Imparting Chirality To Metals | May 4, 2009 Issue - Vol. 87 Issue 18 | Chemical & Engineering News
Volume 87 Issue 18 | p. 10 | News of The Week
Issue Date: May 4, 2009

Imparting Chirality To Metals

Method imprints solid with handedness derived from molecules
Department: Science & Technology

Chirality can be induced in metals, a class of inherently achiral materials, by crystallizing a metal compound with chiral organic dopants, according to researchers in the Netherlands and Israel (Nat. Chem. 2009, 1, 160). In addition to uncovering new enantioselective catalysts, the study outlines a general method for making various types of chiral metals and novel chiral metallo-organic composites.

By reducing a palladium salt in the presence of cinchonidine or closely related chiral alkaloids, Laura Durán Pachón and Gadi Rothenberg of the University of Amsterdam synthesized porous composites consisting of nanometer-sized aggregates of metal crystallites and pockets of dopant molecules. On the basis of spectroscopy measurements made with circularly polarized light, the team demonstrated that the composites have imprinted chirality and that extracting the organic fraction with solvents forms porous metal products that are also chiral.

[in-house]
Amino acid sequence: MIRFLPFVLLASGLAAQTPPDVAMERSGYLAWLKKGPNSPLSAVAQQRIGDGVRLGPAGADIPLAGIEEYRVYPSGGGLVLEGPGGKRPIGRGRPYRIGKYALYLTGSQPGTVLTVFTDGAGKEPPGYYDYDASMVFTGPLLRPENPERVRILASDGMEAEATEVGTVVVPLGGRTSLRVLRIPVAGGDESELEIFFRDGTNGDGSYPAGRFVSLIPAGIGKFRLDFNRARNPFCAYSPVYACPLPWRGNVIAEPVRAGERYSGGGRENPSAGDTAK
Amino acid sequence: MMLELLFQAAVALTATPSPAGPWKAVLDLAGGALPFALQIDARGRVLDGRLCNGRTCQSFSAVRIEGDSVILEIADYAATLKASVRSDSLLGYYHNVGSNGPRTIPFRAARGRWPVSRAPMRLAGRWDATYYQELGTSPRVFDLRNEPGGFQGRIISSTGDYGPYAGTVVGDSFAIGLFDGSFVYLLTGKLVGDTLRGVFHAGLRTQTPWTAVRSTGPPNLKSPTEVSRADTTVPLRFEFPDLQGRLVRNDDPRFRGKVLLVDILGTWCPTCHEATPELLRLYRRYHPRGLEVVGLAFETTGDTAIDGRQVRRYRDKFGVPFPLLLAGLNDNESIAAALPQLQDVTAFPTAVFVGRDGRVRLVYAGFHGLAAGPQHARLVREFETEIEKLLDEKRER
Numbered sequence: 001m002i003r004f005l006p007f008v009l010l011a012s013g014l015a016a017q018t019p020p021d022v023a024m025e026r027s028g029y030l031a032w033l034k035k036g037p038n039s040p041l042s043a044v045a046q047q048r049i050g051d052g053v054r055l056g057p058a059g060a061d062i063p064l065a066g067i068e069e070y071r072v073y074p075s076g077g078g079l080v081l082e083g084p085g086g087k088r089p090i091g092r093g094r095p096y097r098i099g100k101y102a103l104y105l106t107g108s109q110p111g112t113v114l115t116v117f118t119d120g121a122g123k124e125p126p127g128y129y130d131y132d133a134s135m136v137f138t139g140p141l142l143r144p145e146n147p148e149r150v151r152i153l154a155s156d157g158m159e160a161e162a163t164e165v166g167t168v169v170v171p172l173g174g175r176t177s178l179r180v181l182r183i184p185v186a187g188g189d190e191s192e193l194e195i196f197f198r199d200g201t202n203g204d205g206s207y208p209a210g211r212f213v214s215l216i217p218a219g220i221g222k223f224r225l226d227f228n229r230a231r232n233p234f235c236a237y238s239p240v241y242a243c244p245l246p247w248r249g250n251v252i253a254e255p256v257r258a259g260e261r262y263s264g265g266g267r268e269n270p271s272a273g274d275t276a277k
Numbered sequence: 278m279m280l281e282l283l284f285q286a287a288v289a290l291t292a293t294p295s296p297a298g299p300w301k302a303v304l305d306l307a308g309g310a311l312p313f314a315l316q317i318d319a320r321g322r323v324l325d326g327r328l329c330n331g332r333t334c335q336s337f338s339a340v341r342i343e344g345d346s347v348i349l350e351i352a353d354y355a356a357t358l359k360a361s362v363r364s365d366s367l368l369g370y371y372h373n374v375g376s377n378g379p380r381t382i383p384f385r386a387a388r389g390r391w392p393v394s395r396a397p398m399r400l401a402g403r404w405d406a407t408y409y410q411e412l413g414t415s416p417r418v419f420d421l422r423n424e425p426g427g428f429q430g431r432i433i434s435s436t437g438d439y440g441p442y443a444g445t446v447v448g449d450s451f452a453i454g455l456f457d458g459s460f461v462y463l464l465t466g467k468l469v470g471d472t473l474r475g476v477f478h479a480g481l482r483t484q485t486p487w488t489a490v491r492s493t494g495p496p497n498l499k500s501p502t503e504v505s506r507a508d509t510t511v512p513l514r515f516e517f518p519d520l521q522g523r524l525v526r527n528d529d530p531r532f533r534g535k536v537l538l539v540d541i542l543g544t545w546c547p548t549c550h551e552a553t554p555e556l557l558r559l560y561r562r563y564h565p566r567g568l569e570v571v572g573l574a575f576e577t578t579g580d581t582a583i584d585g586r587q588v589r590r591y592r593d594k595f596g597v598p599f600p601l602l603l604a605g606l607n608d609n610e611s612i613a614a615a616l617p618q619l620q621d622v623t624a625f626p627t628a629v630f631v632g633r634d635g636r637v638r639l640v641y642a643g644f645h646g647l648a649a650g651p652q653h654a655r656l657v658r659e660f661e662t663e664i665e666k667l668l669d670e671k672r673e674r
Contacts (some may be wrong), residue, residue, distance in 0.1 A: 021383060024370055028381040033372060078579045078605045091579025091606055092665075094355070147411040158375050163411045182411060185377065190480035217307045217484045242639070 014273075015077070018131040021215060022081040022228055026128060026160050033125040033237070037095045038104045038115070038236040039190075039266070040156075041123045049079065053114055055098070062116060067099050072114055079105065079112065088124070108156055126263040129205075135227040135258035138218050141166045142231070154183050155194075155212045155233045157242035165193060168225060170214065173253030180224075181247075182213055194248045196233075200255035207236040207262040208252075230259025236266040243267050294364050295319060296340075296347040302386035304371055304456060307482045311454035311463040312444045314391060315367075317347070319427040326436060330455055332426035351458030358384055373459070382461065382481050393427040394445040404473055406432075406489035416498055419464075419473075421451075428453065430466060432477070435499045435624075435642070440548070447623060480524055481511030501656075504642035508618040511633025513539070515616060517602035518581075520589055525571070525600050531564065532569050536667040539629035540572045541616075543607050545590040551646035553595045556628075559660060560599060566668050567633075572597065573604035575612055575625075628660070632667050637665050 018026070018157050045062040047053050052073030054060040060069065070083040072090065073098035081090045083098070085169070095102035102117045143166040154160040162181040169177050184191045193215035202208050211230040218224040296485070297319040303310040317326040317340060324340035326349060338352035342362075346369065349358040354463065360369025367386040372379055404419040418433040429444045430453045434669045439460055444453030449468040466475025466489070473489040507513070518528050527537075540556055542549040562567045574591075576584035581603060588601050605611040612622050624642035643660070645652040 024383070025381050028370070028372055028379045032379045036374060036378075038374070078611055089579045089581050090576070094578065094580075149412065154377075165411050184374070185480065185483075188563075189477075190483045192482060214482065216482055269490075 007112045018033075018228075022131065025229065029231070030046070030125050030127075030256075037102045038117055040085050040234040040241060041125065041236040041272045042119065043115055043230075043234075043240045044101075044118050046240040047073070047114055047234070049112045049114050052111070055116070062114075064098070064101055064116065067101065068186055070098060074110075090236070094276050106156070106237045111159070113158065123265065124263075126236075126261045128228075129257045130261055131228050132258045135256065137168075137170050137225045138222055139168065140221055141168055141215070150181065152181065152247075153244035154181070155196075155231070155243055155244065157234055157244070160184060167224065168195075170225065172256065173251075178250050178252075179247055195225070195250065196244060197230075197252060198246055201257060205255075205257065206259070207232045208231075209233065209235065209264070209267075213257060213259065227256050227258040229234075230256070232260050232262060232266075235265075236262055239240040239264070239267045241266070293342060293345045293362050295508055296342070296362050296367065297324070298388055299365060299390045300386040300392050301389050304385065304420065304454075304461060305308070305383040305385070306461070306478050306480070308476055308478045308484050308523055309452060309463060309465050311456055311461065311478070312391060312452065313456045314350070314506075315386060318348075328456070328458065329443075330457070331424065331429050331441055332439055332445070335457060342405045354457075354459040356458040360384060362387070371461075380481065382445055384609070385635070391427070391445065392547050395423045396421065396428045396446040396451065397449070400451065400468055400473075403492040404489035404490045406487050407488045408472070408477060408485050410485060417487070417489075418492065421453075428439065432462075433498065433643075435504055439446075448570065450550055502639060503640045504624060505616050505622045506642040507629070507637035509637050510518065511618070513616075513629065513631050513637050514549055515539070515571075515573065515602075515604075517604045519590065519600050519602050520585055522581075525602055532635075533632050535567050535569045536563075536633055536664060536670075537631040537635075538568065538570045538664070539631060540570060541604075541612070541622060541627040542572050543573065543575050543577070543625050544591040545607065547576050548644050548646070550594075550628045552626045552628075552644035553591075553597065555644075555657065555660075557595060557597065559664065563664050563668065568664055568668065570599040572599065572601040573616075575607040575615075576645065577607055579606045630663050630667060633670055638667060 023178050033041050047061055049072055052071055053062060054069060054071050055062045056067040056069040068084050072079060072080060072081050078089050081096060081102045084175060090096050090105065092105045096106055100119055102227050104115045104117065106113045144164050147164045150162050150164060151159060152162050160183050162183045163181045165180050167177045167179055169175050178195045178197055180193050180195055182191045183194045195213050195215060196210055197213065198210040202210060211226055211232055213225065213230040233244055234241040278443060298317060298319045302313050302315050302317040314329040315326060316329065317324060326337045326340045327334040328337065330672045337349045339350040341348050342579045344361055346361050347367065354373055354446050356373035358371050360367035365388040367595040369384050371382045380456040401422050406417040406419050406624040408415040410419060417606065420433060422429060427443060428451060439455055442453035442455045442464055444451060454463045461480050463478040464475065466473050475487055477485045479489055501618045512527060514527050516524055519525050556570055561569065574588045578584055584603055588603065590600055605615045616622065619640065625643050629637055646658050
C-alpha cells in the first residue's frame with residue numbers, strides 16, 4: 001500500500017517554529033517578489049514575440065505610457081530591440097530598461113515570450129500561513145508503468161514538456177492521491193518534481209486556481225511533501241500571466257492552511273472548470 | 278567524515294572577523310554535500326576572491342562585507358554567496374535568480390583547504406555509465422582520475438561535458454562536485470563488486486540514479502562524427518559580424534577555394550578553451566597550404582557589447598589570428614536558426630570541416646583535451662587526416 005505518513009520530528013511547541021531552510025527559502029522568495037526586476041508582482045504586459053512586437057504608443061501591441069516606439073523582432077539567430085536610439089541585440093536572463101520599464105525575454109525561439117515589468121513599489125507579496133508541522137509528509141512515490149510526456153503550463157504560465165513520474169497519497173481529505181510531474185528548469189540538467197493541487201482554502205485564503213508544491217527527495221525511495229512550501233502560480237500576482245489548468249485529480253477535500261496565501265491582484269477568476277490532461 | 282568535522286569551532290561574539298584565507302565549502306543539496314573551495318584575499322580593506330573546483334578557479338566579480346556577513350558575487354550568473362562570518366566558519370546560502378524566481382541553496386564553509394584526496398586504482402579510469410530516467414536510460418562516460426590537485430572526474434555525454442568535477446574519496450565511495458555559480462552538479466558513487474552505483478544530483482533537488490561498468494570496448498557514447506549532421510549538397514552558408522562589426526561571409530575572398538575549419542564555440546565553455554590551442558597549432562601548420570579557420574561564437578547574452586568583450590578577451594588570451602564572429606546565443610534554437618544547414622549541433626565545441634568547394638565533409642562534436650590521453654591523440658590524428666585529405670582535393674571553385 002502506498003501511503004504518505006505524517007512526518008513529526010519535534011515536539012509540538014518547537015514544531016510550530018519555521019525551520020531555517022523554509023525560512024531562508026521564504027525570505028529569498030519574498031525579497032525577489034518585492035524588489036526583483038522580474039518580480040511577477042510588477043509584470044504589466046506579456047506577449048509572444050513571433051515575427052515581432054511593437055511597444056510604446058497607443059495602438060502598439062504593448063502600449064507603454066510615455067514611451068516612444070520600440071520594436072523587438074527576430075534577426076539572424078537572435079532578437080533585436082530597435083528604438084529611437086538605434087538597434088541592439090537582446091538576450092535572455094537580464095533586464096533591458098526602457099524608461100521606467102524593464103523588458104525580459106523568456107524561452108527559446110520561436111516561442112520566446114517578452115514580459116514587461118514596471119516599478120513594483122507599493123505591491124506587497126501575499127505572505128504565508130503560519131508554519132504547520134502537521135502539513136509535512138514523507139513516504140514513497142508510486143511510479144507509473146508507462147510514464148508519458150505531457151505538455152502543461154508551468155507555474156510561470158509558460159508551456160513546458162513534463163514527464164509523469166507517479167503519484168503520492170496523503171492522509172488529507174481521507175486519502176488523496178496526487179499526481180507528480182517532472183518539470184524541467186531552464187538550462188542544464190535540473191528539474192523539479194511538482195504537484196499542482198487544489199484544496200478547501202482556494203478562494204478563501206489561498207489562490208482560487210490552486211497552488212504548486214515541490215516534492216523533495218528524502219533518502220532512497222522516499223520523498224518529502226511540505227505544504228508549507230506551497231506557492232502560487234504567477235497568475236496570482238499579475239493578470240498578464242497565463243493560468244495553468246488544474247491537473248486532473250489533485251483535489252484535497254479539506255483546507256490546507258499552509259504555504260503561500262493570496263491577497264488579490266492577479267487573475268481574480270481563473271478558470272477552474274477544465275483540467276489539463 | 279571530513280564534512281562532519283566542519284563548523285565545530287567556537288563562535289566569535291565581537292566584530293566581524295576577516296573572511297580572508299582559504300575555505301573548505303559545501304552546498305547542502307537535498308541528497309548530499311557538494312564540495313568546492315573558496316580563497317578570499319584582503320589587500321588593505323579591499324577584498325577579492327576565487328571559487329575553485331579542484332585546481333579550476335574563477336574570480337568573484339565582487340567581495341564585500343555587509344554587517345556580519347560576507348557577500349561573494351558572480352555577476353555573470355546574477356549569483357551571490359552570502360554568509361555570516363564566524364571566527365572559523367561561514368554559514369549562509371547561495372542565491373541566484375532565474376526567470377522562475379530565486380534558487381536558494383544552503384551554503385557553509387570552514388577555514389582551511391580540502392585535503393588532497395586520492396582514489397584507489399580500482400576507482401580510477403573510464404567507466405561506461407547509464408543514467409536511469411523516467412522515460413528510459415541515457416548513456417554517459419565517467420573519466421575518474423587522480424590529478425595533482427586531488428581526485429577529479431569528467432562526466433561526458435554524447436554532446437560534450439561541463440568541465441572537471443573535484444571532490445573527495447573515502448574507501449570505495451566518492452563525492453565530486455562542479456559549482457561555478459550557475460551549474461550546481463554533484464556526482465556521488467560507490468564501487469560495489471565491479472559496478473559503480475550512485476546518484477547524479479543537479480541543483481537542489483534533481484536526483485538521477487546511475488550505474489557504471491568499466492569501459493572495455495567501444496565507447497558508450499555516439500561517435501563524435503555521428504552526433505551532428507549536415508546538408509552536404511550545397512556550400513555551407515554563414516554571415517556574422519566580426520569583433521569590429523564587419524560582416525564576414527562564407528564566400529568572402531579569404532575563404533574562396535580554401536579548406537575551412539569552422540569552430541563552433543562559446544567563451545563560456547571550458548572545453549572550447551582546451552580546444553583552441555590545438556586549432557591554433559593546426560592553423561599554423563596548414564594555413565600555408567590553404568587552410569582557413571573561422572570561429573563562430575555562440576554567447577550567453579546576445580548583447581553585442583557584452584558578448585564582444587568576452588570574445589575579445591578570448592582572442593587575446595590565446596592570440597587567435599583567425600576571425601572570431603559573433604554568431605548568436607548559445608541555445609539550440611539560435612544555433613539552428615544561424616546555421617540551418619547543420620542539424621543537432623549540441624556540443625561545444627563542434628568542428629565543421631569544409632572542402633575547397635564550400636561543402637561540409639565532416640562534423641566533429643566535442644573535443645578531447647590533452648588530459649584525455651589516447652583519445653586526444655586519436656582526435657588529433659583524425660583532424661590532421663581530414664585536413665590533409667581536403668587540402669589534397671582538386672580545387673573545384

The group, which includes researchers at the Hebrew University of Jerusalem and the Weizmann Institute of Science, in Rehovot, Israel, showed that the composites can catalyze asymmetric reactions, albeit with modest results. For example, they showed that hydrogenation of isophorone, a cyclic keto-olefin, yields the R enantiomer of the corresponding cyclohexanone with 16% enantiomeric excess.

The investigation builds on the team's earlier work in making metal composites that contain organic components. The present study stands out, however, by being the first case in which a metal, rendered chiral by an organic modifier, retains its chirality in the absence of the dopant.

Peter McBreen, a chemistry professor at Laval University, in Quebec, comments that the study suggests new ways of exploring how chirality might be transferred to metals. He notes that although the reported catalytic performance is modest, this strategy "holds promise for developing robust heterogeneous asymmetric catalysts." The key thing in McBreen's view is that "there is great scope for both fundamental and applied extensions to this work."

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